Archives for November 2005

COUNCIL COMMUNICATORS OFFERED HELP TO SPREAD NEWS OF SERVICE IMPROVEMENTS

Headlines, PublicNet: 30 November, 2005

Local authority communications staff are being offered more help in persuading local people about the improvements that councils have made to services. The Audit Commission has teamed up with the IDeA to develop a new training module for press officers and others. The Connecting with Communities module is being launched to share advice and good practice on spreading information about the new Comprehensive Performance Assessment of local councilsThe Commission says it has taken a fresh look at CPA. It is moving towards a star-based rating system for councils and has branded its revised approach as ‘The Hard Test’. The Commission believes this more stringent test will present council communicators with a tougher challenge to persuade local people of improvements councils have made.

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HEADS WARN OF TIDE OF ANGER OVER PARENT COUNCIL PLANS

Headlines, PublicNet: 30 November, 2005

Head teachers say there is a rising tide of anger among school leaders over plans to set up parent councils and they are warning that the measure, set out in the White Paper, “Higher Standards, Better Schools for All – More Choice for Parents and Pupils”, could play a part in lowering educational standards.The Council of the National Association of Head Teachers says it is convinced that the vast majority of parents are far more interested in supporting their child at school than being encouraged to form what it has dubbed ‘lynch mobs’.

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REAL LEADERSHIP

Book News, PublicNet: 29 November, 2005

By Dean WilliamsMuch of what passes for “good leadership” today only appears effective because people are blindly following their leaders. But when organizations face tough challenges, leaders often offer false solutions and sidestep harsh realities, distracting the people from the real work of progress. “Real Leadership” mobilizes people to face reality and address the organization or community’s most pressing challenge. It is this primary threat or opportunity that must be confronted for success to unfold. Williams shows how real leaders help people shift their values, habits, practices, and priorities to accommodate changing conditions and new demands.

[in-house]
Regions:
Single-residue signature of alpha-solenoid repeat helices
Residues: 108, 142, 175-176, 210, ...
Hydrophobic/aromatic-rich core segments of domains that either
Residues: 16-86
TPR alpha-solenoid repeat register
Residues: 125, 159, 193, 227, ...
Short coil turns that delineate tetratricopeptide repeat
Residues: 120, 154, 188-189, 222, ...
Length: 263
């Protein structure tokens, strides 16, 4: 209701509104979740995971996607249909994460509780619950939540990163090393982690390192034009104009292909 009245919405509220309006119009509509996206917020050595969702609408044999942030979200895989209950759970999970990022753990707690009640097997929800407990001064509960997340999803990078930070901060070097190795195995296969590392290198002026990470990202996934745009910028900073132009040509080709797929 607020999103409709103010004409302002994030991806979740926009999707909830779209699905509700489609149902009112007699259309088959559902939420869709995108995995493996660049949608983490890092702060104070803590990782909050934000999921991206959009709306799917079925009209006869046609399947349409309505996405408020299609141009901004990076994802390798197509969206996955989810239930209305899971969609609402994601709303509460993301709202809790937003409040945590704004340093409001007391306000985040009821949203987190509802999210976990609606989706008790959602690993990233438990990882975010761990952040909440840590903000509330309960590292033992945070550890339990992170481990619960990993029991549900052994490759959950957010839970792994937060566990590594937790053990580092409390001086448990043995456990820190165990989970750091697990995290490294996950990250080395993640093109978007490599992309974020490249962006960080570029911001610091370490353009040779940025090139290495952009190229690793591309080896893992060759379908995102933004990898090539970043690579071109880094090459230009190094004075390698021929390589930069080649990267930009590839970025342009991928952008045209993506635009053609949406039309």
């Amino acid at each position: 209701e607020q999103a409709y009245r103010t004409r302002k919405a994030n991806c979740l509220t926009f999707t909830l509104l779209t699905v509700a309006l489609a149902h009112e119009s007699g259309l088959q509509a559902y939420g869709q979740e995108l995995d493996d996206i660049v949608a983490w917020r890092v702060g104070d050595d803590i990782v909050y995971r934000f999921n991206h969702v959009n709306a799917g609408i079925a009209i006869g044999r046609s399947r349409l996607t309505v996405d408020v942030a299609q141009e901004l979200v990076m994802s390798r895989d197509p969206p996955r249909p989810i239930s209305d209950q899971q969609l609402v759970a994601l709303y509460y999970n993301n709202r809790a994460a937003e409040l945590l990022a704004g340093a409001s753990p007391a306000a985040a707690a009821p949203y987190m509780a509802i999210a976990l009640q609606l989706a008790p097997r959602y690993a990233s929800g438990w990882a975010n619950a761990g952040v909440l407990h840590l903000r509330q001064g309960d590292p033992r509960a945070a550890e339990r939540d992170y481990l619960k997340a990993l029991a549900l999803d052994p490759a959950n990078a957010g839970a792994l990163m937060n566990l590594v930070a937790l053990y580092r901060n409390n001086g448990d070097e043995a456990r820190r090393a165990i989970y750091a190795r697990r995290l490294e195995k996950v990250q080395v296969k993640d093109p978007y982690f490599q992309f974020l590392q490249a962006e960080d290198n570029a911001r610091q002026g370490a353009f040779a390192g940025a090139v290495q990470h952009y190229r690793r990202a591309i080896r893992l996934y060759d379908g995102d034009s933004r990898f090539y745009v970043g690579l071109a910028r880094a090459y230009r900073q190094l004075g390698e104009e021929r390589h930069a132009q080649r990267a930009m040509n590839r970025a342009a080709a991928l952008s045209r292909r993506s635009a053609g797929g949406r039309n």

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IT INITIATIVE COULD BE FIRST STEP TO SHARED SUPPORT SERVICES IN SCOTLAND

Headlines, PublicNet: 29 November, 2005

The Scottish Executive has joined forces with private enterprise to offer shared ICT services to all Scotland’s public agencies. The initiative – Scots Connect – is being seen as a possible first step in sharing support that could lead to big savings and change the running of the Scottish public sector.Scots Connect brings together the Executive and private sector partners Objective and LogicaCMG. They have developed ICT systems they believe are robust, reliable and suited to the needs of the public sector. The Executive’s Permanent Secretary John Elvidge said they now wanted public sector agencies to consider if the systems met their needs. By adopting them, he said, agencies could avoid costly work on developing their own ICT solutions.

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VIEWS SOUGHT ON FUTURE OF LOCAL SERVICES INSPECTION SYSTEM

Headlines, PublicNet: 29 November, 2005

A consultation paper has been launched to gather opinions on the future of inspection for local services. It is designed to start a debate on the role of local services inspection, including the Audit Commission, beyond 2008, when a number of existing programmes come to an end.The consultation was announced by Local Government Minister Phil Woolas and it will build on the document “Securing better outcomes: developing a new performance framework”, which was published last March. The Government wants to see a new performance framework that drives the delivery of services and that better balances national pressures and priorities with stronger local accountability and partnership delivery. It believes this is an essential part of progress towards clearer lines of accountability, more power for local people and less bureaucracy.